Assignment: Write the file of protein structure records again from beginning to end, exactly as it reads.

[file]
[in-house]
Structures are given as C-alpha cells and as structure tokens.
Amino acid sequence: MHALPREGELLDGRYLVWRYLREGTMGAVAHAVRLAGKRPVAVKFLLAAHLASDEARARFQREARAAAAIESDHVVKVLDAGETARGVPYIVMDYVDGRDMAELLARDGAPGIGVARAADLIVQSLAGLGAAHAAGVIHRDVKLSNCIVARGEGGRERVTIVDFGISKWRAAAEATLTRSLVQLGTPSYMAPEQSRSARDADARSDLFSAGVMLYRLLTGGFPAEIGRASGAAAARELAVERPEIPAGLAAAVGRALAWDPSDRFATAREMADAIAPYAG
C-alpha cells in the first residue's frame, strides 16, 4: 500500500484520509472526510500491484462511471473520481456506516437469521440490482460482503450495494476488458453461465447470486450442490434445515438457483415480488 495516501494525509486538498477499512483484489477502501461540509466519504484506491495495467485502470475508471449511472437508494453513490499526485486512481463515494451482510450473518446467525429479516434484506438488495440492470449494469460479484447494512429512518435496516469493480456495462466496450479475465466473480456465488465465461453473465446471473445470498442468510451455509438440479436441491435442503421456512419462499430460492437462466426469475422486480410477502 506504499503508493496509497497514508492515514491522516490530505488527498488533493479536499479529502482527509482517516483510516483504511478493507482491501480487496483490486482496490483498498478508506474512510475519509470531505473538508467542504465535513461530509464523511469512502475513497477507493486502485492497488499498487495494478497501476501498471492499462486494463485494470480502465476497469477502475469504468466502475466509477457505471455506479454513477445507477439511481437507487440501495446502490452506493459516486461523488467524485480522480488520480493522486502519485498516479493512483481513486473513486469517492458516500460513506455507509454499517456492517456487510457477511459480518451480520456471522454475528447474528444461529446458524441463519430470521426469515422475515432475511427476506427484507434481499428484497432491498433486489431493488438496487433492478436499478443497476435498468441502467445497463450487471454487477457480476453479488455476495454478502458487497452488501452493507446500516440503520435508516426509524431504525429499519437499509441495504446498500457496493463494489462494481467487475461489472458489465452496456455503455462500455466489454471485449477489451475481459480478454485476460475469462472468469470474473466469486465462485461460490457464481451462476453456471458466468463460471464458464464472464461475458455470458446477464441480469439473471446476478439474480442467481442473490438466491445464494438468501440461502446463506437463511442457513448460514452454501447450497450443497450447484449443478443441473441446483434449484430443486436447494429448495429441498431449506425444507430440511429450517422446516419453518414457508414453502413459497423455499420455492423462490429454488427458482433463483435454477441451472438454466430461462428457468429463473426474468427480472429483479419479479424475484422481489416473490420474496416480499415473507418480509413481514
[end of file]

[in-house]
Structures are given as C-alpha cells and as structure tokens.
Amino acid sequence: MHALPREGELLDGRYLVWRYLREGTMGAVAHAVRLAGKRPVAVKFLLAAHLASDEARARFQREARAAAAIESDHVVKVLDAGETARGVPYIVMDYVDGRDMAELLARDGAPGIGVARAADLIVQSLAGLGAAHAAGVIHRDVKLSNCIVARGEGGRERVTIVDFGISKWRAAAEATLTRSLVQLGTPSYMAPEQSRSARDADARSDLFSAGVMLYRLLTGGFPAEIGRASGAAAARELAVERPEIPAGLAAAVGRALAWDPSDRFATAREMADAIAPYAG
C-alpha cells in the first residue's frame, strides 16, 4: 500500500484520509472526510500491484462511471473520481456506516437469521440490482460482503450495494476488458453461465447470486450442490434445515438457483415480488 495516501494525509486538498477499512483484489477502501461540509466519504484506491495495467485502470475508471449511472437508494453513490499526485486512481463515494451482510450473518446467525429479516434484506438488495440492470449494469460479484447494512429512518435496516469493480456495462466496450479475465466473480456465488465465461453473465446471473445470498442468510451455509438440479436441491435442503421456512419462499430460492437462466426469475422486480410477502 506504499503508493496509497497514508492515514491522516490530505488527498488533493479536499479529502482527509482517516483510516483504511478493507482491501480487496483490486482496490483498498478508506474512510475519509470531505473538508467542504465535513461530509464523511469512502475513497477507493486502485492497488499498487495494478497501476501498471492499462486494463485494470480502465476497469477502475469504468466502475466509477457505471455506479454513477445507477439511481437507487440501495446502490452506493459516486461523488467524485480522480488520480493522486502519485498516479493512483481513486473513486469517492458516500460513506455507509454499517456492517456487510457477511459480518451480520456471522454475528447474528444461529446458524441463519430470521426469515422475515432475511427476506427484507434481499428484497432491498433486489431493488438496487433492478436499478443497476435498468441502467445497463450487471454487477457480476453479488455476495454478502458487497452488501452493507446500516440503520435508516426509524431504525429499519437499509441495504446498500457496493463494489462494481467487475461489472458489465452496456455503455462500455466489454471485449477489451475481459480478454485476460475469462472468469470474473466469486465462485461460490457464481451462476453456471458466468463460471464458464464472464461475458455470458446477464441480469439473471446476478439474480442467481442473490438466491445464494438468501440461502446463506437463511442457513448460514452454501447450497450443497450447484449443478443441473441446483434449484430443486436447494429448495429441498431449506425444507430440511429450517422446516419453518414457508414453502413459497423455499420455492423462490429454488427458482433463483435454477441451472438454466430461462428457468429463473426474468427480472429483479419479479424475484422481489416473490420474496416480499415473507418480509413481514